Store at Room Temperature. Store under desiccating conditions. The product can be stored for up to 12 months.
Soluble in water to 25 mM (with heating) and in DMSO to 100 mM (with heating)
Wherever possible, you should prepare and use solutions on the same day. However, if you need to make up stock solutions in advance, we recommend that you store the solution as aliquots in tightly sealed vials at -20°C. Generally, these will be useable for up to one month. Before use, and prior to opening the vial we recommend that you allow your product to equilibrate to room temperature for at least 1 hour.
ab65783 staining NR2B in SKNSH cells treated with GBR 12909 dihydrochloride (ab120607), by ICC/IF. Decrease in NR2B expression correlates with increased concentration of GBR 12909 dihydrochloride, as described in literature. The cells were incubated at 37°C for 10 minutes in media containing different concentrations of ab120607 (GBR 12909 dihydrochloride) in DMSO, fixed with 100% methanol for 5 minutes at -20°C and blocked with PBS containing 10% goat serum, 0.3 M glycine, 1% BSA and 0.1% tween for 2h at room temperature. Staining of the treated cells with ab65783 (5 µg/ml) was performed overnight at 4°C in PBS containing 1% BSA and 0.1% tween. A DyLight 488 goat anti-rabbit polyclonal antibody (ab96899) at 1/250 dilution was used as the secondary antibody. Nuclei were counterstained with DAPI and are shown in blue.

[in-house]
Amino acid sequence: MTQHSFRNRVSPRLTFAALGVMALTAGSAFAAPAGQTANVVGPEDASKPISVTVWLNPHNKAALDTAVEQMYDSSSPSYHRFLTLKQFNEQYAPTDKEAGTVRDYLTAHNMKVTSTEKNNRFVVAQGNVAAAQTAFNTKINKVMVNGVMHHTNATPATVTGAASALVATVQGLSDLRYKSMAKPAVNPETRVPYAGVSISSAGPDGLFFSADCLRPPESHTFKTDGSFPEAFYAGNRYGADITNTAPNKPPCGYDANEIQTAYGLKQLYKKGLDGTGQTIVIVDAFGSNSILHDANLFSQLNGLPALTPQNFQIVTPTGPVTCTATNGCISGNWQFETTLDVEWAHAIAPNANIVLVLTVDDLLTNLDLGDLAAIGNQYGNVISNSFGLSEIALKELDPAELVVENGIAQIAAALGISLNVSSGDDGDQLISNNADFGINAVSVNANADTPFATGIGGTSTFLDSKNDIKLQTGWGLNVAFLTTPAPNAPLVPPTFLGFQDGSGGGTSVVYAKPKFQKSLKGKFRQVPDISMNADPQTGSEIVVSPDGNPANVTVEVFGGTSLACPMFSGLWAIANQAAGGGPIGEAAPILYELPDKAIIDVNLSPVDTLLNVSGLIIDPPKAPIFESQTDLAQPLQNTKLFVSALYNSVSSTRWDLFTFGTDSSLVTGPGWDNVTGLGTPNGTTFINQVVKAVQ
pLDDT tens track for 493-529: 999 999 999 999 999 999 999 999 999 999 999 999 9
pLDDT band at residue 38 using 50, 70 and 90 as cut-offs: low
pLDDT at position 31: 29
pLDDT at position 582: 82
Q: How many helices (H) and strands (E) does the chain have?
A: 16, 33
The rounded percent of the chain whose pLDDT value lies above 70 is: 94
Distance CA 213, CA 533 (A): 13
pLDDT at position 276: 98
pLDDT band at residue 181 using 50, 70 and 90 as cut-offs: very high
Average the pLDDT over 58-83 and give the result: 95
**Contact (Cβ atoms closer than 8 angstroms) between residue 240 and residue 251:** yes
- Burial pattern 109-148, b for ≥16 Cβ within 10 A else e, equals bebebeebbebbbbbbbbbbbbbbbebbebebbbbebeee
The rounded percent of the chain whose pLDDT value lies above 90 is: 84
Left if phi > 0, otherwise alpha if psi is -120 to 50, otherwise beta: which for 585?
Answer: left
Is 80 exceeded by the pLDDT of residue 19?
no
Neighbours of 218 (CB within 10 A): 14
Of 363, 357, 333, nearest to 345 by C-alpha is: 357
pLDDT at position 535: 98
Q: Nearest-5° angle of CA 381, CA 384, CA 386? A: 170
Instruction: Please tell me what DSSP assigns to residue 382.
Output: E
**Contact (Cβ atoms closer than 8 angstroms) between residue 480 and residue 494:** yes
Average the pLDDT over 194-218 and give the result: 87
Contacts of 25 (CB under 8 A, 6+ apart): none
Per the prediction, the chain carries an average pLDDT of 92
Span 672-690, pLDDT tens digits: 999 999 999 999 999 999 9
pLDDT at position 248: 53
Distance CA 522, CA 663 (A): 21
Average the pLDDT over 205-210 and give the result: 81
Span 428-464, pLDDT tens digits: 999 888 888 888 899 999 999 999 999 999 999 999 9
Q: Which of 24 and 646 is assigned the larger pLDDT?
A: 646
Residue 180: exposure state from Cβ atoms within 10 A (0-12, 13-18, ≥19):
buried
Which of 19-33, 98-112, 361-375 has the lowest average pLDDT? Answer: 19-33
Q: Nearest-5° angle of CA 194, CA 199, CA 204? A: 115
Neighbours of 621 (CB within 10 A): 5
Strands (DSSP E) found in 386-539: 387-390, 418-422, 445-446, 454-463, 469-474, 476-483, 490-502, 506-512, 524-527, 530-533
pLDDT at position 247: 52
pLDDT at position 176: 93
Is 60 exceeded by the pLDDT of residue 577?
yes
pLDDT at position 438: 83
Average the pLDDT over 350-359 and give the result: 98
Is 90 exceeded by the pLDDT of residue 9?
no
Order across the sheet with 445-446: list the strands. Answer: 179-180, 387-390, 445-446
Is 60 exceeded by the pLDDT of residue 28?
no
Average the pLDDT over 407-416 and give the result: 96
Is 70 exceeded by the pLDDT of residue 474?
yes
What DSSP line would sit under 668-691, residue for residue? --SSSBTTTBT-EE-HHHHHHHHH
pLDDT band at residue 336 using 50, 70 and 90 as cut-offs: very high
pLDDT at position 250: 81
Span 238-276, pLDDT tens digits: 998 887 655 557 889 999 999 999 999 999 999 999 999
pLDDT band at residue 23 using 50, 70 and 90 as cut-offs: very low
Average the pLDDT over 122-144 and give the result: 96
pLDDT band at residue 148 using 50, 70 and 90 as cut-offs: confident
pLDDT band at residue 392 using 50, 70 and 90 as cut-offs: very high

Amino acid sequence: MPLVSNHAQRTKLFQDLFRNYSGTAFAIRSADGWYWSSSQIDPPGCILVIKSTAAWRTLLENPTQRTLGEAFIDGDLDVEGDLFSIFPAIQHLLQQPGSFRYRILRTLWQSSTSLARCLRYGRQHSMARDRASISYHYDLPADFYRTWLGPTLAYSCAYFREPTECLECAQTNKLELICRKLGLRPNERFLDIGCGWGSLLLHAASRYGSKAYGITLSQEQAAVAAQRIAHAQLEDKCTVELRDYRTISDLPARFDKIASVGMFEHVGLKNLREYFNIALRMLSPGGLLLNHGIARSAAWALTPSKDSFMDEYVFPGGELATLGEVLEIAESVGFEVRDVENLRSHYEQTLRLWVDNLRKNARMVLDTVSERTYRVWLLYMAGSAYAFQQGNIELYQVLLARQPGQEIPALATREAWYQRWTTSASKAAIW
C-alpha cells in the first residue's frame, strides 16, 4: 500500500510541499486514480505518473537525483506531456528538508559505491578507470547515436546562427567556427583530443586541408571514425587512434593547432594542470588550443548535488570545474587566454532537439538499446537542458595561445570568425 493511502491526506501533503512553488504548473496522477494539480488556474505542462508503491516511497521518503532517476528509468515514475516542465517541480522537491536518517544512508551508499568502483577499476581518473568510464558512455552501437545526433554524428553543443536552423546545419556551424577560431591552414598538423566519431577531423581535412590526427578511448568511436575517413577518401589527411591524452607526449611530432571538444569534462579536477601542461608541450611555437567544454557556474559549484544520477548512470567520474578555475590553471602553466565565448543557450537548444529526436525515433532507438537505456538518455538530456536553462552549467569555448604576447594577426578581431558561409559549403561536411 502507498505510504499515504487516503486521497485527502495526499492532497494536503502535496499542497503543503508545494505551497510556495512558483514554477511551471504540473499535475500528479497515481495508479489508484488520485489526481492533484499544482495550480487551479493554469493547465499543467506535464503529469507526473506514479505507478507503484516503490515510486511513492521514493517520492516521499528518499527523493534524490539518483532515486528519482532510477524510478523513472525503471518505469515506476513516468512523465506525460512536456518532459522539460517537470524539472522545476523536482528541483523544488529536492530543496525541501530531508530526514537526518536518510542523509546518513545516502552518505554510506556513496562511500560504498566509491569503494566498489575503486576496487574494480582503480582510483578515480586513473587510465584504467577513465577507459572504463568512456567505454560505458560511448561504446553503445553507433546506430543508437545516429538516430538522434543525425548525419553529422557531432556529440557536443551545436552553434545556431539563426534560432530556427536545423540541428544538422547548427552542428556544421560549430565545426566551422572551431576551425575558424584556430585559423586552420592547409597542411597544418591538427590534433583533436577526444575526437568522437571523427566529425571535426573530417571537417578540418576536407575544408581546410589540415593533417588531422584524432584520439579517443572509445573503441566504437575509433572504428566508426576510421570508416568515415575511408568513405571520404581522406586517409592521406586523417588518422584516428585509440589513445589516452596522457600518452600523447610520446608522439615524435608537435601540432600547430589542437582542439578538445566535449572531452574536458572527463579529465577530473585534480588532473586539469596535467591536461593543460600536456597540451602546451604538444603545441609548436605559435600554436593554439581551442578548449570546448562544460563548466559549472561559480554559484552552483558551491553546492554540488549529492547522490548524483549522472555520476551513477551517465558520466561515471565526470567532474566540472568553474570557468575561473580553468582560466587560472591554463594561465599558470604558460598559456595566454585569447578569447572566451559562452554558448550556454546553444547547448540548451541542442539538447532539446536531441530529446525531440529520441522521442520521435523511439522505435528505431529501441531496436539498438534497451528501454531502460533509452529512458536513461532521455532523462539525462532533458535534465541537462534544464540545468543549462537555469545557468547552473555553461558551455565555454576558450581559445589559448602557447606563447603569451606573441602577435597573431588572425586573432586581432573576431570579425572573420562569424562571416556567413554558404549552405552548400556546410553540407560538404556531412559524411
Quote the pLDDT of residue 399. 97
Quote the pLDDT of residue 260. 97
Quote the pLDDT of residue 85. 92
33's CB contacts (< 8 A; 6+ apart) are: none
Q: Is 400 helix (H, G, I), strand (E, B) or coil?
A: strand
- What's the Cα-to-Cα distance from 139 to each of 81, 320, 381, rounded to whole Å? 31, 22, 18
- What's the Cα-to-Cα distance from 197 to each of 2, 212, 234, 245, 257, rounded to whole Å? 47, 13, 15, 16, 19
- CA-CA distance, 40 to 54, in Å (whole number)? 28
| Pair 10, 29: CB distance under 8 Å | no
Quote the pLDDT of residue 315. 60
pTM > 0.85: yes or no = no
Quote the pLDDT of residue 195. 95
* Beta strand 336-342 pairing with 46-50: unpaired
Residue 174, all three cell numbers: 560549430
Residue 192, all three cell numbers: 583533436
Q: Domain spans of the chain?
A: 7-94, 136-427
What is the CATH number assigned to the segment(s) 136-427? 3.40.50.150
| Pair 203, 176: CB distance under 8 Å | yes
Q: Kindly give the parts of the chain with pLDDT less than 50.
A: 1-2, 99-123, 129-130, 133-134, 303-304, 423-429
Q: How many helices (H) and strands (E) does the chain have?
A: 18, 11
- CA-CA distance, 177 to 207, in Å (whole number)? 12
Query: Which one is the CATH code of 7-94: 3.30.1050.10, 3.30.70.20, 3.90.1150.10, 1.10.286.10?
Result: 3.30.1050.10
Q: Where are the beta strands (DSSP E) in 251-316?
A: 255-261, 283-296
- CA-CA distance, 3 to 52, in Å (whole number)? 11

GBR 12909 dihydrochloride (ab120607) 使用論文
This product has been referenced in:
Wiskerke J et al. µ-Opioid receptors in the nucleus accumbens shell region mediate the effects of amphetamine on inhibitory control but not impulsive choice. J Neurosci31:262-72 (2011).
Read more (PubMed: 21209211) »
Szasz BK et al. Nicotinic acetylcholine receptor antagonistic property of the selective dopamine uptake inhibitor, GBR-12909 in rat hippocampal slices. Neuroscience145:344-9 (2007).
Read more (PubMed: 17207584) »
Mike A et al. Inhibitory effect of the DA uptake blocker GBR 12909 on sodium channels of hippocampal neurons. Neuroreport14:1945-9 (2003).
Read more (PubMed: 14561926) »